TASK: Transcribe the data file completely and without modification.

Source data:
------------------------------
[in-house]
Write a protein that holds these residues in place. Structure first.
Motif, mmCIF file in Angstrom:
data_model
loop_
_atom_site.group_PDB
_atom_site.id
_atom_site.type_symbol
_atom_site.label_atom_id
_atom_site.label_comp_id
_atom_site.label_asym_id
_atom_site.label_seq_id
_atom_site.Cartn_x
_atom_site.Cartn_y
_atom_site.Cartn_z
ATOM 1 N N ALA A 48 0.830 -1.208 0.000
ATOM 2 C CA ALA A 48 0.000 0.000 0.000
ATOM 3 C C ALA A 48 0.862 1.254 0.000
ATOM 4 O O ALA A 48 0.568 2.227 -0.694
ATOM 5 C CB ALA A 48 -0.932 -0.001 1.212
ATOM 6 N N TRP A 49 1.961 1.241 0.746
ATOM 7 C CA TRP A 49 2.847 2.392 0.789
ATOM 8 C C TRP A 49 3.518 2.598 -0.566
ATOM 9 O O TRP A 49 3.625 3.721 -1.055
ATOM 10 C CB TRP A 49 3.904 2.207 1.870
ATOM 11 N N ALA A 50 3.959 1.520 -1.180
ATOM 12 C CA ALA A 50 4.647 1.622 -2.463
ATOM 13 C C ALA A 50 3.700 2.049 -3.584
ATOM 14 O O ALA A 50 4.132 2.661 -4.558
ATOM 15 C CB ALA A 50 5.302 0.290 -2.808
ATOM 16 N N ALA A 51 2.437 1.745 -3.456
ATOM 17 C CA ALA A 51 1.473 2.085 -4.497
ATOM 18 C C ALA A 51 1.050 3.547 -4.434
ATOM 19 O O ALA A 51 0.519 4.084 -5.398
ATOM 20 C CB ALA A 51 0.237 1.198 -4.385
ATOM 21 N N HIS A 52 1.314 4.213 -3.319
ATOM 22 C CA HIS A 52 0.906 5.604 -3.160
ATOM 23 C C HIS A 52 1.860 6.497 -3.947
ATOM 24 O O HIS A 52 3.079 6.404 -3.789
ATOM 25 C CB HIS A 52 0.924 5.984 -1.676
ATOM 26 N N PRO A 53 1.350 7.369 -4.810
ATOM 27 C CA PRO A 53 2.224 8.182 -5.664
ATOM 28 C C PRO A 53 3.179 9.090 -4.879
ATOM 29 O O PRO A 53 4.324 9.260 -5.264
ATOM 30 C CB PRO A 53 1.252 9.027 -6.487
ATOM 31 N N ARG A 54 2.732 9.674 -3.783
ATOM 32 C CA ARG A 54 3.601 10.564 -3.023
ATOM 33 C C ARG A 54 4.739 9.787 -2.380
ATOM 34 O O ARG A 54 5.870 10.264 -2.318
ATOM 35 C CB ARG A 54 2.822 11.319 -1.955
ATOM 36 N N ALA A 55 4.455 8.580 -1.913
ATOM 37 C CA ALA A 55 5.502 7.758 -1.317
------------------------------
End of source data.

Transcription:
[in-house]
Write a protein that holds these residues in place. Structure first.
Motif, mmCIF file in Angstrom:
data_model
loop_
_atom_site.group_PDB
_atom_site.id
_atom_site.type_symbol
_atom_site.label_atom_id
_atom_site.label_comp_id
_atom_site.label_asym_id
_atom_site.label_seq_id
_atom_site.Cartn_x
_atom_site.Cartn_y
_atom_site.Cartn_z
ATOM 1 N N ALA A 48 0.830 -1.208 0.000
ATOM 2 C CA ALA A 48 0.000 0.000 0.000
ATOM 3 C C ALA A 48 0.862 1.254 0.000
ATOM 4 O O ALA A 48 0.568 2.227 -0.694
ATOM 5 C CB ALA A 48 -0.932 -0.001 1.212
ATOM 6 N N TRP A 49 1.961 1.241 0.746
ATOM 7 C CA TRP A 49 2.847 2.392 0.789
ATOM 8 C C TRP A 49 3.518 2.598 -0.566
ATOM 9 O O TRP A 49 3.625 3.721 -1.055
ATOM 10 C CB TRP A 49 3.904 2.207 1.870
ATOM 11 N N ALA A 50 3.959 1.520 -1.180
ATOM 12 C CA ALA A 50 4.647 1.622 -2.463
ATOM 13 C C ALA A 50 3.700 2.049 -3.584
ATOM 14 O O ALA A 50 4.132 2.661 -4.558
ATOM 15 C CB ALA A 50 5.302 0.290 -2.808
ATOM 16 N N ALA A 51 2.437 1.745 -3.456
ATOM 17 C CA ALA A 51 1.473 2.085 -4.497
ATOM 18 C C ALA A 51 1.050 3.547 -4.434
ATOM 19 O O ALA A 51 0.519 4.084 -5.398
ATOM 20 C CB ALA A 51 0.237 1.198 -4.385
ATOM 21 N N HIS A 52 1.314 4.213 -3.319
ATOM 22 C CA HIS A 52 0.906 5.604 -3.160
ATOM 23 C C HIS A 52 1.860 6.497 -3.947
ATOM 24 O O HIS A 52 3.079 6.404 -3.789
ATOM 25 C CB HIS A 52 0.924 5.984 -1.676
ATOM 26 N N PRO A 53 1.350 7.369 -4.810
ATOM 27 C CA PRO A 53 2.224 8.182 -5.664
ATOM 28 C C PRO A 53 3.179 9.090 -4.879
ATOM 29 O O PRO A 53 4.324 9.260 -5.264
ATOM 30 C CB PRO A 53 1.252 9.027 -6.487
ATOM 31 N N ARG A 54 2.732 9.674 -3.783
ATOM 32 C CA ARG A 54 3.601 10.564 -3.023
ATOM 33 C C ARG A 54 4.739 9.787 -2.380
ATOM 34 O O ARG A 54 5.870 10.264 -2.318
ATOM 35 C CB ARG A 54 2.822 11.319 -1.955
ATOM 36 N N ALA A 55 4.455 8.580 -1.913
ATOM 37 C CA ALA A 55 5.502 7.758 -1.317